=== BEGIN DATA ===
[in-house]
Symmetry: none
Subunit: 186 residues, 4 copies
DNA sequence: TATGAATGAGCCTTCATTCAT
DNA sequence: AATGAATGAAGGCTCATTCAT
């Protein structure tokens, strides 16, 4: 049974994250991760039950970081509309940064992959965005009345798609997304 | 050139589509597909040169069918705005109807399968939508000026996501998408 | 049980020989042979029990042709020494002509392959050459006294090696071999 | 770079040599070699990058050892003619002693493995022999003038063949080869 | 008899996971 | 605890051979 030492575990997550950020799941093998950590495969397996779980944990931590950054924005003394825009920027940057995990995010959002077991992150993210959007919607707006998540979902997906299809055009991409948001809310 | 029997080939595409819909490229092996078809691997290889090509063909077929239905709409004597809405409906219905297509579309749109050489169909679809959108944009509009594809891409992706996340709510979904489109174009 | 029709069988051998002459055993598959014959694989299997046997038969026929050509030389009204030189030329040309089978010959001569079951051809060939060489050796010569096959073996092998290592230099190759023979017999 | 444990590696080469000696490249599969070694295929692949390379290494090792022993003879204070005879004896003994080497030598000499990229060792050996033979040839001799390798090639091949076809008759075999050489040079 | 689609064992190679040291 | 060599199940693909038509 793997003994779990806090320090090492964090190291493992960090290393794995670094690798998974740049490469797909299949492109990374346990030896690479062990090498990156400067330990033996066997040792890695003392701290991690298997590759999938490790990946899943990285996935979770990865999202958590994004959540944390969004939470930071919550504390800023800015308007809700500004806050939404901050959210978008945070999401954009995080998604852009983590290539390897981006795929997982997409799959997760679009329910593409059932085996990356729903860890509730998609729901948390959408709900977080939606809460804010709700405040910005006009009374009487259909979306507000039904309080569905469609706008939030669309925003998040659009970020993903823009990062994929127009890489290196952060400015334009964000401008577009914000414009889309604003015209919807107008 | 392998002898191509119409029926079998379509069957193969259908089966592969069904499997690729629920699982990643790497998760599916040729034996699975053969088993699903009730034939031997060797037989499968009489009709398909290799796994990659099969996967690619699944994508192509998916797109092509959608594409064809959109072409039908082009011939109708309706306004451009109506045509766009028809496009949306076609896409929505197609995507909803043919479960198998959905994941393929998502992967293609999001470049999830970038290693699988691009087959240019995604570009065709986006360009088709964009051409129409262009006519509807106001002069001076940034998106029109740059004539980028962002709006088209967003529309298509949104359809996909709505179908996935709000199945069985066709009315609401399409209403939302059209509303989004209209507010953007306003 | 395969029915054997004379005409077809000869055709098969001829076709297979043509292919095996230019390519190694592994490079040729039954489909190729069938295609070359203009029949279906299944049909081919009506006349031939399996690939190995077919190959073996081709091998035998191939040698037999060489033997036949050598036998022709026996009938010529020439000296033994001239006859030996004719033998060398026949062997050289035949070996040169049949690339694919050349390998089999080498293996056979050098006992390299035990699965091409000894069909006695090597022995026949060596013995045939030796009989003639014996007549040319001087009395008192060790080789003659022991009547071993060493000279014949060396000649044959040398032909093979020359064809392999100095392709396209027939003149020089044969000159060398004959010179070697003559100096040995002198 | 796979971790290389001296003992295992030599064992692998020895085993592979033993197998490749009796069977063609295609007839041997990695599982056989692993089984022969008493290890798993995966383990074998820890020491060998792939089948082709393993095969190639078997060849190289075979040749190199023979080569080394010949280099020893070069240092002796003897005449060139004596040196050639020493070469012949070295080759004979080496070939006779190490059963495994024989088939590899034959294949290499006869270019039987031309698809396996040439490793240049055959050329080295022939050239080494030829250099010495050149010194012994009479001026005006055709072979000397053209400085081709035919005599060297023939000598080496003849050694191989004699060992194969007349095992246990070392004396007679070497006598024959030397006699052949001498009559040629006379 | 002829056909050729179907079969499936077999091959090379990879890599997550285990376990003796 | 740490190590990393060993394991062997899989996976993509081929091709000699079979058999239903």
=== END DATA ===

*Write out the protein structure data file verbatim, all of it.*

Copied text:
[in-house]
Symmetry: none
Subunit: 186 residues, 4 copies
DNA sequence: TATGAATGAGCCTTCATTCAT
DNA sequence: AATGAATGAAGGCTCATTCAT
């Protein structure tokens, strides 16, 4: 049974994250991760039950970081509309940064992959965005009345798609997304 | 050139589509597909040169069918705005109807399968939508000026996501998408 | 049980020989042979029990042709020494002509392959050459006294090696071999 | 770079040599070699990058050892003619002693493995022999003038063949080869 | 008899996971 | 605890051979 030492575990997550950020799941093998950590495969397996779980944990931590950054924005003394825009920027940057995990995010959002077991992150993210959007919607707006998540979902997906299809055009991409948001809310 | 029997080939595409819909490229092996078809691997290889090509063909077929239905709409004597809405409906219905297509579309749109050489169909679809959108944009509009594809891409992706996340709510979904489109174009 | 029709069988051998002459055993598959014959694989299997046997038969026929050509030389009204030189030329040309089978010959001569079951051809060939060489050796010569096959073996092998290592230099190759023979017999 | 444990590696080469000696490249599969070694295929692949390379290494090792022993003879204070005879004896003994080497030598000499990229060792050996033979040839001799390798090639091949076809008759075999050489040079 | 689609064992190679040291 | 060599199940693909038509 793997003994779990806090320090090492964090190291493992960090290393794995670094690798998974740049490469797909299949492109990374346990030896690479062990090498990156400067330990033996066997040792890695003392701290991690298997590759999938490790990946899943990285996935979770990865999202958590994004959540944390969004939470930071919550504390800023800015308007809700500004806050939404901050959210978008945070999401954009995080998604852009983590290539390897981006795929997982997409799959997760679009329910593409059932085996990356729903860890509730998609729901948390959408709900977080939606809460804010709700405040910005006009009374009487259909979306507000039904309080569905469609706008939030669309925003998040659009970020993903823009990062994929127009890489290196952060400015334009964000401008577009914000414009889309604003015209919807107008 | 392998002898191509119409029926079998379509069957193969259908089966592969069904499997690729629920699982990643790497998760599916040729034996699975053969088993699903009730034939031997060797037989499968009489009709398909290799796994990659099969996967690619699944994508192509998916797109092509959608594409064809959109072409039908082009011939109708309706306004451009109506045509766009028809496009949306076609896409929505197609995507909803043919479960198998959905994941393929998502992967293609999001470049999830970038290693699988691009087959240019995604570009065709986006360009088709964009051409129409262009006519509807106001002069001076940034998106029109740059004539980028962002709006088209967003529309298509949104359809996909709505179908996935709000199945069985066709009315609401399409209403939302059209509303989004209209507010953007306003 | 395969029915054997004379005409077809000869055709098969001829076709297979043509292919095996230019390519190694592994490079040729039954489909190729069938295609070359203009029949279906299944049909081919009506006349031939399996690939190995077919190959073996081709091998035998191939040698037999060489033997036949050598036998022709026996009938010529020439000296033994001239006859030996004719033998060398026949062997050289035949070996040169049949690339694919050349390998089999080498293996056979050098006992390299035990699965091409000894069909006695090597022995026949060596013995045939030796009989003639014996007549040319001087009395008192060790080789003659022991009547071993060493000279014949060396000649044959040398032909093979020359064809392999100095392709396209027939003149020089044969000159060398004959010179070697003559100096040995002198 | 796979971790290389001296003992295992030599064992692998020895085993592979033993197998490749009796069977063609295609007839041997990695599982056989692993089984022969008493290890798993995966383990074998820890020491060998792939089948082709393993095969190639078997060849190289075979040749190199023979080569080394010949280099020893070069240092002796003897005449060139004596040196050639020493070469012949070295080759004979080496070939006779190490059963495994024989088939590899034959294949290499006869270019039987031309698809396996040439490793240049055959050329080295022939050239080494030829250099010495050149010194012994009479001026005006055709072979000397053209400085081709035919005599060297023939000598080496003849050694191989004699060992194969007349095992246990070392004396007679070497006598024959030397006699052949001498009559040629006379 | 002829056909050729179907079969499936077999091959090379990879890599997550285990376990003796 | 740490190590990393060993394991062997899989996976993509081929091709000699079979058999239903």